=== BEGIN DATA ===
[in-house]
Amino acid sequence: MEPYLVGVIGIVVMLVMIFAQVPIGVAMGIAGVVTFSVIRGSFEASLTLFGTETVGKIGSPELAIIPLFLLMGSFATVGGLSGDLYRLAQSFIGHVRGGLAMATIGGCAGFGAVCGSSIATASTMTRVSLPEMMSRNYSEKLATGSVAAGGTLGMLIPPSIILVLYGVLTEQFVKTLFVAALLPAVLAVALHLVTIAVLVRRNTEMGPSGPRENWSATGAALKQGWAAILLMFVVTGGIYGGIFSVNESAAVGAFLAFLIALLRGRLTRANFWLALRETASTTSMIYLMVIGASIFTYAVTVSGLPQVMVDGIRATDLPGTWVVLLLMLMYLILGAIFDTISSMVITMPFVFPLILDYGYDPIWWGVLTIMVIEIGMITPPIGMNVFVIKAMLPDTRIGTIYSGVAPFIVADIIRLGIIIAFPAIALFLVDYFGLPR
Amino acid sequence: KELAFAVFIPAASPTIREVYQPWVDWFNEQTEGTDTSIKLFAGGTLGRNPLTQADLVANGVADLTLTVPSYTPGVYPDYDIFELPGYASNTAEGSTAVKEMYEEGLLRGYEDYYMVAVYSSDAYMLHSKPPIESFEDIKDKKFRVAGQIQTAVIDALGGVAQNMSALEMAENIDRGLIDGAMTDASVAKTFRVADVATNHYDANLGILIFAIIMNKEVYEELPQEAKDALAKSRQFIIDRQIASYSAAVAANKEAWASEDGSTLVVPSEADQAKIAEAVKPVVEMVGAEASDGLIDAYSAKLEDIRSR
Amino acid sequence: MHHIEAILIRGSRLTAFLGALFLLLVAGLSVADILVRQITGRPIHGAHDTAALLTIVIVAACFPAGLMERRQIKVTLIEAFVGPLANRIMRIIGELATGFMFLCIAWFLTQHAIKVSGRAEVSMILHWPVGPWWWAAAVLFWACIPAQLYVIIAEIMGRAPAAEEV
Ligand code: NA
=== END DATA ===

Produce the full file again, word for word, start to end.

[in-house]
Amino acid sequence: MEPYLVGVIGIVVMLVMIFAQVPIGVAMGIAGVVTFSVIRGSFEASLTLFGTETVGKIGSPELAIIPLFLLMGSFATVGGLSGDLYRLAQSFIGHVRGGLAMATIGGCAGFGAVCGSSIATASTMTRVSLPEMMSRNYSEKLATGSVAAGGTLGMLIPPSIILVLYGVLTEQFVKTLFVAALLPAVLAVALHLVTIAVLVRRNTEMGPSGPRENWSATGAALKQGWAAILLMFVVTGGIYGGIFSVNESAAVGAFLAFLIALLRGRLTRANFWLALRETASTTSMIYLMVIGASIFTYAVTVSGLPQVMVDGIRATDLPGTWVVLLLMLMYLILGAIFDTISSMVITMPFVFPLILDYGYDPIWWGVLTIMVIEIGMITPPIGMNVFVIKAMLPDTRIGTIYSGVAPFIVADIIRLGIIIAFPAIALFLVDYFGLPR
Amino acid sequence: KELAFAVFIPAASPTIREVYQPWVDWFNEQTEGTDTSIKLFAGGTLGRNPLTQADLVANGVADLTLTVPSYTPGVYPDYDIFELPGYASNTAEGSTAVKEMYEEGLLRGYEDYYMVAVYSSDAYMLHSKPPIESFEDIKDKKFRVAGQIQTAVIDALGGVAQNMSALEMAENIDRGLIDGAMTDASVAKTFRVADVATNHYDANLGILIFAIIMNKEVYEELPQEAKDALAKSRQFIIDRQIASYSAAVAANKEAWASEDGSTLVVPSEADQAKIAEAVKPVVEMVGAEASDGLIDAYSAKLEDIRSR
Amino acid sequence: MHHIEAILIRGSRLTAFLGALFLLLVAGLSVADILVRQITGRPIHGAHDTAALLTIVIVAACFPAGLMERRQIKVTLIEAFVGPLANRIMRIIGELATGFMFLCIAWFLTQHAIKVSGRAEVSMILHWPVGPWWWAAAVLFWACIPAQLYVIIAEIMGRAPAAEEV
Ligand code: NA